The secular faith of Gillian rose

Journal of Religious Ethics 36 (4):683-705 (2008)
Abstract
Gillian Rose was a philosopher, social theorist, memoirist, and Jewish convert to Christianity who died an untimely death in 1995. She offers a novel account of faith, which grows out of her Hegelian philosophical background inflected by her reading of Kierkegaard and her rediscovered Jewish heritage. For Rose, faith is a mode of social practice. Rose's conception of faith is here reconstructed by translating her obscure jurisprudential idiom into the language of social practices and norms. The conception of secular faith developed by Rose is shown to have implications for contemporary discussions of ethics and politics. The contemporary relevance of Rose's work is made clear through comparison with recent work by Robert Brandom, Robert Adams, and Patrick Deneen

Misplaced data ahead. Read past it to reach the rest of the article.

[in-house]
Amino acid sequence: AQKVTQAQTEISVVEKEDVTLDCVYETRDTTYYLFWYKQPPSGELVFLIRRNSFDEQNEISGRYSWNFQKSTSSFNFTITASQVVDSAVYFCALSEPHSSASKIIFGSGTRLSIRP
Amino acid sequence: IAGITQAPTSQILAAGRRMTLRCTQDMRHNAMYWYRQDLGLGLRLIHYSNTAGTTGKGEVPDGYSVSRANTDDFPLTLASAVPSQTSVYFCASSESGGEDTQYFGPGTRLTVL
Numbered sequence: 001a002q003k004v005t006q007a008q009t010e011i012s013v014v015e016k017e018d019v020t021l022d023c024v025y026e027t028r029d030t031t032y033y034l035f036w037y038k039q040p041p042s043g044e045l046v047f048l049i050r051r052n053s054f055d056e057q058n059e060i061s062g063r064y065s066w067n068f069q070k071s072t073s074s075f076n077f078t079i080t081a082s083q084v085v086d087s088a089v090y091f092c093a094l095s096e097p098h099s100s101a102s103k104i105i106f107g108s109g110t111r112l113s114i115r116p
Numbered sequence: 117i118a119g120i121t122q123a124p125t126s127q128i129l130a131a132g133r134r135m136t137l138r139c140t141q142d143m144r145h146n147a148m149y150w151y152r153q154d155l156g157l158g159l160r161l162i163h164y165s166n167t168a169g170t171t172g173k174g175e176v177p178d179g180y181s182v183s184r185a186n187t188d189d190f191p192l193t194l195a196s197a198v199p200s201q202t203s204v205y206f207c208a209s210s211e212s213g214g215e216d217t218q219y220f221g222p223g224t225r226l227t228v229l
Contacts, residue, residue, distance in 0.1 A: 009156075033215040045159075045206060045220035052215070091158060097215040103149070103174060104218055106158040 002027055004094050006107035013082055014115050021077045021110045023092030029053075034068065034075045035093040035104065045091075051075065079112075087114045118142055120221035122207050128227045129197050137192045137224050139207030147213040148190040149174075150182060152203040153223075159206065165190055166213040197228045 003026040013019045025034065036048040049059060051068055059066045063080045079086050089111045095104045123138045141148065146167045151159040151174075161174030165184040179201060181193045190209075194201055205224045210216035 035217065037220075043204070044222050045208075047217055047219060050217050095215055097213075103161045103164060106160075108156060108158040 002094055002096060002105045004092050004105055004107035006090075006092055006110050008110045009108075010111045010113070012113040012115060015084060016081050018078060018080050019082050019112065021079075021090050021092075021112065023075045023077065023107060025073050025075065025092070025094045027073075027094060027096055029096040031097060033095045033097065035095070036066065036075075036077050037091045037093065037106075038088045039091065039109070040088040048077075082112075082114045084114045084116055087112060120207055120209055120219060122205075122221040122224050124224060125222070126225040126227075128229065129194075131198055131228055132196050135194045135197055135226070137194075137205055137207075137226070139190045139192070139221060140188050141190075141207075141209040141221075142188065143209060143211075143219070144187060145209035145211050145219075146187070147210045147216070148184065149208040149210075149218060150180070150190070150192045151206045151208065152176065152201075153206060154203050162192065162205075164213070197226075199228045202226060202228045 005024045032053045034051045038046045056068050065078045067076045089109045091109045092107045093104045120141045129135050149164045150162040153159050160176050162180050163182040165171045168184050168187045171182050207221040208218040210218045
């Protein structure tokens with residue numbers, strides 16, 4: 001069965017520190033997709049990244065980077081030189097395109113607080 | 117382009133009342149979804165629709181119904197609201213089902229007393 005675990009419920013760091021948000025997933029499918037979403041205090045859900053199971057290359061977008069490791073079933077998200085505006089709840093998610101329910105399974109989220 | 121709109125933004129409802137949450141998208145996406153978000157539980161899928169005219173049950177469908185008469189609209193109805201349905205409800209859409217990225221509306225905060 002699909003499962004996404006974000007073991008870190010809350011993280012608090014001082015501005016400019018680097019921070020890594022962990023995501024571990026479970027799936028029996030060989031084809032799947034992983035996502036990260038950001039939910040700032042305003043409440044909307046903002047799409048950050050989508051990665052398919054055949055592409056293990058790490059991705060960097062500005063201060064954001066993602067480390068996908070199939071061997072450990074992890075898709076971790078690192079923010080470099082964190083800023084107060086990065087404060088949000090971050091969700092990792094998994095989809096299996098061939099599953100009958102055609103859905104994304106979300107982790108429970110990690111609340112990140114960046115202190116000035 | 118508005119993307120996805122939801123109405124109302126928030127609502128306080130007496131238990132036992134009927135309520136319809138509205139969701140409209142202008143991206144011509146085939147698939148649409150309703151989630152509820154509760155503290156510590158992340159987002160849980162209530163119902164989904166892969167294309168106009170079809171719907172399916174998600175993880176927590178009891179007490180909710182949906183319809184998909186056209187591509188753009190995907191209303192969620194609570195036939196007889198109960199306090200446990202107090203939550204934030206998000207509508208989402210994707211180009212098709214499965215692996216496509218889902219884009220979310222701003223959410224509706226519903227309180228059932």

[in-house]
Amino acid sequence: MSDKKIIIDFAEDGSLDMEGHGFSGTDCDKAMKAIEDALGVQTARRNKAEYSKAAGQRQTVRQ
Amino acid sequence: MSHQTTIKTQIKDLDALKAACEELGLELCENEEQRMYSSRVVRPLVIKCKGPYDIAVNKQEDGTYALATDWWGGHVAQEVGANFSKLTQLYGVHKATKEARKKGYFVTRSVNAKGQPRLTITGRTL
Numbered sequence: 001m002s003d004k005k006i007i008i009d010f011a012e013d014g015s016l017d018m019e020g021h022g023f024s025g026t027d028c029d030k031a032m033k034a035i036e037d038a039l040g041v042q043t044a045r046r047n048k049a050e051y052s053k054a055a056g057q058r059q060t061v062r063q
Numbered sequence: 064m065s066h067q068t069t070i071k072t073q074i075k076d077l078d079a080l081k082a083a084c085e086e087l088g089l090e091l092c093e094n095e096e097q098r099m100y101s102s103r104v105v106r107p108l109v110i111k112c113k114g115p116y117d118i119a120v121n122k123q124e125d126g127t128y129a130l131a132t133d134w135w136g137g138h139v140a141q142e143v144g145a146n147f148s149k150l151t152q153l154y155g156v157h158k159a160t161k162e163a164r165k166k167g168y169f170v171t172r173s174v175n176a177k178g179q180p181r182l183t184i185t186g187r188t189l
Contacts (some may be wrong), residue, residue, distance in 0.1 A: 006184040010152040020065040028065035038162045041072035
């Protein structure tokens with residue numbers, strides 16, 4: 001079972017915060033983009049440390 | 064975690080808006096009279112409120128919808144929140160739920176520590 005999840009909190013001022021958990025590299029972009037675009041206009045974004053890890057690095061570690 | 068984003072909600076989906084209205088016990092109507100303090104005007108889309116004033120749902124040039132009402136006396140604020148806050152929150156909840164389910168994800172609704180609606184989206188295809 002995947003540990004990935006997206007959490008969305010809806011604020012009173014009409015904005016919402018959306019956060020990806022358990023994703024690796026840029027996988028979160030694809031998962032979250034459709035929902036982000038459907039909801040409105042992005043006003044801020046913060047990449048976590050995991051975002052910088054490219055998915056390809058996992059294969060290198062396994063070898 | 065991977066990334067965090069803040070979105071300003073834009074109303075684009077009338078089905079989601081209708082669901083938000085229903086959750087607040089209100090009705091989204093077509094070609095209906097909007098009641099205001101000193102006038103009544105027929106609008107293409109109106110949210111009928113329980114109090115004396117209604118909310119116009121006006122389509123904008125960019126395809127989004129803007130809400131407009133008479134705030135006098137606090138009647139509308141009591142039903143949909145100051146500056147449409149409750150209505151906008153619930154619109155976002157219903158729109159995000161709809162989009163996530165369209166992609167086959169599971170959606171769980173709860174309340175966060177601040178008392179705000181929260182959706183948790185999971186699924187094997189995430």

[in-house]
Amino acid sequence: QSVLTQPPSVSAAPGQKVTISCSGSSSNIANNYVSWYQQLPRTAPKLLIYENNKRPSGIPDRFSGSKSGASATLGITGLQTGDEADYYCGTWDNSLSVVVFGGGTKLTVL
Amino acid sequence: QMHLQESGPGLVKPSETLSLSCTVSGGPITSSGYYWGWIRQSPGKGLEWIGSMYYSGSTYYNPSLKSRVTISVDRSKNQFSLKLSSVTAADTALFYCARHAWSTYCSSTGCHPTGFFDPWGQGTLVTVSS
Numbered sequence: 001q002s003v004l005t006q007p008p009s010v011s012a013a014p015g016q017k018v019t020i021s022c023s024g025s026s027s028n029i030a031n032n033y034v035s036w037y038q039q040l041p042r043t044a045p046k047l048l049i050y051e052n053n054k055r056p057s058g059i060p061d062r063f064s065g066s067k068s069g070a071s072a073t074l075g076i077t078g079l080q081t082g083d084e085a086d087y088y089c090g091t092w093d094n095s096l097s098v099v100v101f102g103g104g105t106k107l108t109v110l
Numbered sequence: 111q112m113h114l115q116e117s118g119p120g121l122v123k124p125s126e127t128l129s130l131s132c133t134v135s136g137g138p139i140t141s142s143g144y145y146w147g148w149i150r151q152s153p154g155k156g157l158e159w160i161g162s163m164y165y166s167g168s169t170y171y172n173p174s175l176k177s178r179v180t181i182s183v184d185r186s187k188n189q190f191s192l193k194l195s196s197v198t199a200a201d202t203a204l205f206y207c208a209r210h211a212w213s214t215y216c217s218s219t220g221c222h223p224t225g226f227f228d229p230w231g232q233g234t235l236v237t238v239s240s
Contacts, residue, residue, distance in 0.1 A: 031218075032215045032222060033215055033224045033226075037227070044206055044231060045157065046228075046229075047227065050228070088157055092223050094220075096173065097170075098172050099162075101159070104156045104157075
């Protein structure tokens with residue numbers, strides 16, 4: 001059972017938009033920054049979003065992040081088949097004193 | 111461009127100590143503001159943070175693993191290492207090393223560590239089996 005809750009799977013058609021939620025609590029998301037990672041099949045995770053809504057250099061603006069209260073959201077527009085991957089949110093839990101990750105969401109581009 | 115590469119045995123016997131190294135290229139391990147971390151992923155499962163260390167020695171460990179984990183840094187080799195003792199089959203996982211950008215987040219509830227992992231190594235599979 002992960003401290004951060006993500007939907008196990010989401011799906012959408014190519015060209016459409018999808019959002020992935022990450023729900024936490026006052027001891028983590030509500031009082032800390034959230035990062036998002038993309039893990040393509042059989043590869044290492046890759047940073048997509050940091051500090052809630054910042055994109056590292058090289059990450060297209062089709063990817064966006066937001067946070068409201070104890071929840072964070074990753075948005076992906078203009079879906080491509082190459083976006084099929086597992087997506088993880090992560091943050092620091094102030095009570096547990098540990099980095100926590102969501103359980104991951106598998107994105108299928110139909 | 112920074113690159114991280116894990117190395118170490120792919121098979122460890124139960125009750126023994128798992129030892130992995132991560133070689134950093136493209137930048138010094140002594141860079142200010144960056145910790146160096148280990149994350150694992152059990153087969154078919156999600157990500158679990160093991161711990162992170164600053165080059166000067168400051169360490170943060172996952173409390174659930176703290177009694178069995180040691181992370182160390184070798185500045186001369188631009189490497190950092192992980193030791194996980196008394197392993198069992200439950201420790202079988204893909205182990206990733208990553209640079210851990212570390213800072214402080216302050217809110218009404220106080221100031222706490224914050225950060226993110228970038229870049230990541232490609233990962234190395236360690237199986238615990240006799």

Keywords virtue  norms  Robert Brandom  pragmatism  Patrick Deneen  Gillian Rose  social practice  Robert Adams
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